Sun’s magnetic field is ten times stronger than previously believed

The study determines the strength of the flare's magnetic field with unprecedented accuracy.


According to a new collaborative study by the Queen’s University Belfast and Aberystwyth University, the sun’s magnetic field is ten times stronger than previously thought. These findings can potentially offer detailed insights into the processes that happen in the sun’s immediate atmosphere.

Working from the Swedish 1-m Solar Telescope at Roque de Los Muchachos Observatory, La Palma in the Canary Islands, Dr. David Kuridze, Research Fellow at Aberystwyth University studied a particularly strong solar flare which erupted near the surface of the sun on 10 September 2017. Along with his team, he applied a combination of favorable conditions and an element of luck that enable them to decide the strength of the flare’s magnetic field with remarkable precision.

Dr. Kuridze said, “Everything that happens in the sun‘s outer atmosphere is dominated by the magnetic field, but we have very few measurements of its strength and spatial characteristics.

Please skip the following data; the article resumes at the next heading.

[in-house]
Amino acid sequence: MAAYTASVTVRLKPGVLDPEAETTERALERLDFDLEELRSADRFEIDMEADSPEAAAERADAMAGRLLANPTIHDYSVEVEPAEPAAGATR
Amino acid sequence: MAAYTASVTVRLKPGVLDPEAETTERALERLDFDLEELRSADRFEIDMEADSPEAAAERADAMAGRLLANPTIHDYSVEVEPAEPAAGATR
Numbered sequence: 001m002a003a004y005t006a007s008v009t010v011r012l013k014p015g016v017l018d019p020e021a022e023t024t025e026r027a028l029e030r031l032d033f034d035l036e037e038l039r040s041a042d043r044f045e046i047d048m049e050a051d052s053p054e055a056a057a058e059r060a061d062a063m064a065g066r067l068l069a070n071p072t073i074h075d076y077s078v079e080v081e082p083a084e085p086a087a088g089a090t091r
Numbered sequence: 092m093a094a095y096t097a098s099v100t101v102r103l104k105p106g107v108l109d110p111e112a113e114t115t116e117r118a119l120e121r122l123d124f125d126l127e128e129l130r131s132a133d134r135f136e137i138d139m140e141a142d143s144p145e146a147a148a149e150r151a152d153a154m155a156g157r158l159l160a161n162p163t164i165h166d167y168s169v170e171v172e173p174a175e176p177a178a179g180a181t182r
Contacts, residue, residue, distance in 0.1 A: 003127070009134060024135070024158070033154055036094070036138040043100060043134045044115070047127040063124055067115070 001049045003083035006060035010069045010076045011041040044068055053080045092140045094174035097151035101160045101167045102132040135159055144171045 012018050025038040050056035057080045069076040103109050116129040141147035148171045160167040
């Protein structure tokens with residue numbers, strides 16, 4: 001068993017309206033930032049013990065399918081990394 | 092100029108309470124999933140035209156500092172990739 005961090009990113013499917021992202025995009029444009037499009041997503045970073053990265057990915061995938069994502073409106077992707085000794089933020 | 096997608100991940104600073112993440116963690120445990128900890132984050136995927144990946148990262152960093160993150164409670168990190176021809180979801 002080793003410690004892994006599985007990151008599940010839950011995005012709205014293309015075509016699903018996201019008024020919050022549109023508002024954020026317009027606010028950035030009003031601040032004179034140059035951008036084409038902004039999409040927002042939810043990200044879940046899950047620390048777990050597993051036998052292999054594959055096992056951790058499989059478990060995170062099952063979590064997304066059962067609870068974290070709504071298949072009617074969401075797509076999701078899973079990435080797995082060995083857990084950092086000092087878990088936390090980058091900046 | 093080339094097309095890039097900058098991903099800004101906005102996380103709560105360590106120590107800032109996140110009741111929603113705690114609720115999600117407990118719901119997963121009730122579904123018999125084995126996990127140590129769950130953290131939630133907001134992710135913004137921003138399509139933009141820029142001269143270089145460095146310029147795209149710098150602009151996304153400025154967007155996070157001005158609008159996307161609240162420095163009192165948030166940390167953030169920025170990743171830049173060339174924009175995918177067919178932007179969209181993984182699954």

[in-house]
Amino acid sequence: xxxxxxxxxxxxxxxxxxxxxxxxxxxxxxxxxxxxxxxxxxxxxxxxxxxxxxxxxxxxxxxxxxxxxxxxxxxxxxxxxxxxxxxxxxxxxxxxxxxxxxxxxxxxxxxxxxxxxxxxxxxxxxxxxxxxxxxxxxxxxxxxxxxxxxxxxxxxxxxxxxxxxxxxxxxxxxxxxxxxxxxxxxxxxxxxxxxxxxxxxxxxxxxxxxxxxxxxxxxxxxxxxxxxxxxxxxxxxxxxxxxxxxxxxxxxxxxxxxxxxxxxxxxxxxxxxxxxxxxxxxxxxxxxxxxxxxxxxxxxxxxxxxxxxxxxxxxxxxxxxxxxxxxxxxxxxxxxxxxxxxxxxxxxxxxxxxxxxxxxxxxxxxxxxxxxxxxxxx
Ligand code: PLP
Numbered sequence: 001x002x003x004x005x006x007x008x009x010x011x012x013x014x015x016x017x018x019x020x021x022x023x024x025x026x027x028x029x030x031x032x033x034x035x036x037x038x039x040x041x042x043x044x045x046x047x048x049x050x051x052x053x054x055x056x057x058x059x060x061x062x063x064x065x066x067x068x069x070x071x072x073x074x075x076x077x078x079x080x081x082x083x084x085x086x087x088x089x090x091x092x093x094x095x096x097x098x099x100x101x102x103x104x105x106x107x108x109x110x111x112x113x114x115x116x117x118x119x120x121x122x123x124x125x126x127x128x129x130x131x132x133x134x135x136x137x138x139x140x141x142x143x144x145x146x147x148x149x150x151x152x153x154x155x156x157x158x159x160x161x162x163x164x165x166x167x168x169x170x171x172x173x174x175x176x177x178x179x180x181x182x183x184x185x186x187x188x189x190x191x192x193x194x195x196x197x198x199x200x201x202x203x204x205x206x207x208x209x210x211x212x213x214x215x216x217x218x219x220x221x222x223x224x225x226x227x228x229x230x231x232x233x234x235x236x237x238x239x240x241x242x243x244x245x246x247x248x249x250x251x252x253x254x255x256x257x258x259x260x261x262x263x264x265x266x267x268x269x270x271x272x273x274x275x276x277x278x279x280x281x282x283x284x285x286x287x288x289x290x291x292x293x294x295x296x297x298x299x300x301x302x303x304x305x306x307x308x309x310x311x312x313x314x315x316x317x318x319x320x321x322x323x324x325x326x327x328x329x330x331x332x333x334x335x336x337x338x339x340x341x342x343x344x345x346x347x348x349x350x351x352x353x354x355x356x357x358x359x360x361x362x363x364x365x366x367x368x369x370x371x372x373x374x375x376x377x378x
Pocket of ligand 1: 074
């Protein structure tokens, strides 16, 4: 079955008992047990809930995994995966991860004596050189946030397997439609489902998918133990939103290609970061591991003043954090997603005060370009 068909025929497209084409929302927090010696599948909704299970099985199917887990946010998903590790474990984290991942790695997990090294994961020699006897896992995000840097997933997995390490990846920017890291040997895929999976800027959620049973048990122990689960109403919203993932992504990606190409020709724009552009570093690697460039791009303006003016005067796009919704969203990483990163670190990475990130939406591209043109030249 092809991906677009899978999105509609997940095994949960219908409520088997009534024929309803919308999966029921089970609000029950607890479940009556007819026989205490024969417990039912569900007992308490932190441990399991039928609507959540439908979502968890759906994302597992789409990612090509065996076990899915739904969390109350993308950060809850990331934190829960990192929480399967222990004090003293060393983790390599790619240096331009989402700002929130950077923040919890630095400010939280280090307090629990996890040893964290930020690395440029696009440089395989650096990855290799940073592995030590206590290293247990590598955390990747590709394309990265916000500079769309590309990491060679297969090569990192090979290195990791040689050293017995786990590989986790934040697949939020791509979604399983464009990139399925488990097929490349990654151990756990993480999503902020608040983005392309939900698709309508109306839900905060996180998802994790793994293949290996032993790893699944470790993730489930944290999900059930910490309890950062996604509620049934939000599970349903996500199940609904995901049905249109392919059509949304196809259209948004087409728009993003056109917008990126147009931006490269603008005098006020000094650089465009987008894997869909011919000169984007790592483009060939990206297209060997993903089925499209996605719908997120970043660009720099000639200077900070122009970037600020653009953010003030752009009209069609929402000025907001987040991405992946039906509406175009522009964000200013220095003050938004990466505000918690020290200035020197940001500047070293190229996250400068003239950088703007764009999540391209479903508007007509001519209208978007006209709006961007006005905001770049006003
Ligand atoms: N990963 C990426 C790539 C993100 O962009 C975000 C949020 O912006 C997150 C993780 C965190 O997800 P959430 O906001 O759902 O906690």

“These are critical parameters, the most important for the physics of the solar corona. It is a little like trying to understand the Earth‘s climate without being able to measure its temperature at various geographical locations.

“This is the first time we have been able to measure accurately the magnetic field of the coronal loops, the building blocks of the sun’s magnetic corona, which such a level of accuracy. Up to this point, effective estimation of the magnetic field has been hindered by the weakness of the signal from the sun’s atmosphere that achieves Earth and carries data about the magnetic field, and limitations in the instrumentation accessible.

The magnetic fields detailed in this examination are like those of a typical fridge magnet and around multiple times weaker than the magnetic field experienced in an MRI scanner.

Over a 10-day period in September 2017, Dr. Kuridze studied a functioning zone on the sun’s surface which the team knew to be particularly volatile. For the observation, the telescope he used can only focus on 1% of the sun’s surface at any given time.

Luckily, he focused on the right area at the right time when the solar flare erupted.

Professor Michail Mathioudakis from the School of Mathematics and Physics, Queen’s University Belfast, who also worked on the project, added: “This is a unique set of observations that, for the first time, provide a detailed map of the magnetic field in coronal loops.

“This highly rewarding result was achieved due to the dedication and perseverance of our early career scientists who planned and executed the observations. The methodology used in this work and the result itself will open new avenues in the study of the solar corona.”

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